Day 5: Champlain to Chambly
They don't make better cruising days than this one. We started just after 0700 this morning in Westport, New York, near the bottom of Lake Champlain and now, more than ten hours and 80 nm later are in the Quebec city of Chambly. We ran up the lake on a gorgeous Sunday morning at 20 knots, trying to make up for an unintended down day yesterday at the dock in Westport. You may remember that our windshield wiper motor on the driver's side conked out on Friday. We spent the day Saturday waiting for a new one that never came.
So today we needed to put some miles under our belts. The lake cooperated.
Deep, blue water with barely a ripple. Beautiful blue sky with the green mountains of Vermont unfolding in the east. Fantastic. Reminded us what cruising is all about. A perspective that you just don't get doing anything else.
We cleared Canadian Customs just north of Lake Champlain. This took all of ten minutes tops and the two Canadian Customs officers could not have been nicer.
But then the fun part - the Chambly Canal with nine locks and a lot of bridges. This took four hours and you move from lock to lock in a group of other boats to fill the locks. We were the only Americans in our group of five boats and they pack the lock so the boats are in the same relative position all the time. Chummy but it works and everybody was helpful and friendly. I was not unhappy to see the last of nine locks in one afternoon but I do miss the Chambly Canal itself. It's narrow with bike paths and families having picnics along the side and the countryside looked like a little slice of France. A great day.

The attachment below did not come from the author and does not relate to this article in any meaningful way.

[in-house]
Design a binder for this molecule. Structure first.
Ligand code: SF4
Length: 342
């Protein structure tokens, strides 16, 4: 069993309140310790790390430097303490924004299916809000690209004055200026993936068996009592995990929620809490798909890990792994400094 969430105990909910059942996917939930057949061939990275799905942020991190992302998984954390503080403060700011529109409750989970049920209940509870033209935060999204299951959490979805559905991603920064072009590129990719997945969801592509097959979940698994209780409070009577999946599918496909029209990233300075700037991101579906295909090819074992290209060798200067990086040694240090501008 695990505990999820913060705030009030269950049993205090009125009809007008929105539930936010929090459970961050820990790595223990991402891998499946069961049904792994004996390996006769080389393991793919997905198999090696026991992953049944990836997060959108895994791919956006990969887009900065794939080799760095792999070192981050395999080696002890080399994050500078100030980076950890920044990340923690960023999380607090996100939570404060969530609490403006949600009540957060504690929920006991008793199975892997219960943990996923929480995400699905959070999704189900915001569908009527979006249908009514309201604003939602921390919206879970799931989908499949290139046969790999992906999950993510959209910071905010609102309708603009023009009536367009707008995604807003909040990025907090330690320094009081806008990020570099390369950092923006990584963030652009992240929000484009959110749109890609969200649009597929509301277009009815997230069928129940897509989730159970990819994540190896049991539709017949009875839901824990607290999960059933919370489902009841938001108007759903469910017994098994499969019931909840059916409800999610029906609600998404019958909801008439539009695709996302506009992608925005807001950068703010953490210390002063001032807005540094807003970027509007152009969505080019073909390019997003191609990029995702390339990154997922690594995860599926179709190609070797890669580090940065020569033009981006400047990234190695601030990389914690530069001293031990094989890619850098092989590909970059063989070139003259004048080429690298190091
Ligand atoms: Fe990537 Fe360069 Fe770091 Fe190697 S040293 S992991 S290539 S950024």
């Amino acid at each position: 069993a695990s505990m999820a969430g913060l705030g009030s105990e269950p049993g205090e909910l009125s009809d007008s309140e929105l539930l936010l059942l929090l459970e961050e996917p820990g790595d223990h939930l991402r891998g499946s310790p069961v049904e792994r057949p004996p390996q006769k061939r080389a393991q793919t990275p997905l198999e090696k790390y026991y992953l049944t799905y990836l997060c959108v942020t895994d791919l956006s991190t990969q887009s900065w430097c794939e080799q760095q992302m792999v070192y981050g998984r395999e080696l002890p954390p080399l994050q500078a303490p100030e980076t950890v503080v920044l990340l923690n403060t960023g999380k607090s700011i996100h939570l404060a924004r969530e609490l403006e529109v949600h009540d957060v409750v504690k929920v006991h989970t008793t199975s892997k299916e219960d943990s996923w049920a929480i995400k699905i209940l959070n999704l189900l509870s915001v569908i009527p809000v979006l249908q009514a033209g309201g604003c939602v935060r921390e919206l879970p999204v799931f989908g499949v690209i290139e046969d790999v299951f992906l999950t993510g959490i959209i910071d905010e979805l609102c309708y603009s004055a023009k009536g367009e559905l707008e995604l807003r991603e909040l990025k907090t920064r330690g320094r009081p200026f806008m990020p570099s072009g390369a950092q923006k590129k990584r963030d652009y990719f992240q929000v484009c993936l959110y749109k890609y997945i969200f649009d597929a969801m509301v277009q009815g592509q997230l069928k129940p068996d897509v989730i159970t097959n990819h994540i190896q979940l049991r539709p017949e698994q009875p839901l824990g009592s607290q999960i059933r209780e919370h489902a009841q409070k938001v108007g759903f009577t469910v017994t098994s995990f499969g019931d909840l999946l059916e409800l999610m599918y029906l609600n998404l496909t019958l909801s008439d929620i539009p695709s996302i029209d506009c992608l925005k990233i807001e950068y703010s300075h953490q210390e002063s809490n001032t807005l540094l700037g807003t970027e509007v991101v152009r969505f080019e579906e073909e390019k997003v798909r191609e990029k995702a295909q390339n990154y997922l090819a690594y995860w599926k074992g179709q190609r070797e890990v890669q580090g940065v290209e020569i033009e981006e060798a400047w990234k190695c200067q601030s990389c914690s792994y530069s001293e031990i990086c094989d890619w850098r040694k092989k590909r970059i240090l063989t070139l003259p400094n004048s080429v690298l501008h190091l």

Now, to find a French dinner in the little town of Chambly; if I can stay awake that long. Will check in with more updates tomorrow.
Day 7: Reaching Quebec
We made it, pulling in to the Port of Quebec Marina just before noon today, the end of the first leg of the epic Cutwater 28 Down East Loop voyage that started 455 miles ago in New York City.
When last heard from we were in the little French Quebec town of Chambly. From there we cruised several hours down the beautiful Richelieu River to Sorel, where we made a right turn to enter the massive St Lawrence Seaway. What a change. Instead of passing kids tubing behind 20-foot ski boats, we were trying to stay out of the way of massive tankers that looked the size of aircraft carriers. Then after several hours of cruising easily at 18 knots we ran through the very scary Richelieu Rapids in a narrow stretch of the St Lawrence where the 8 knot current creates boils and eddies and lots of unpleasant stuff. It doesn't help that boulders line the sides of the narrow channel. Last night we pulled in to a small but very protected marina at Portneuf and walked to the little village for dinner.
We got an early start this morning and we entered our last lock, leading into this marina at the foot of the Old City, after about four hours of easy cruising.
Now the second leg of this trip, a 228 mile trailer ride to Hampden Maine will start with a new crew and then the boat will be launched again for the final leg down the coast of Maine and New England back to New York. It's been a great ride.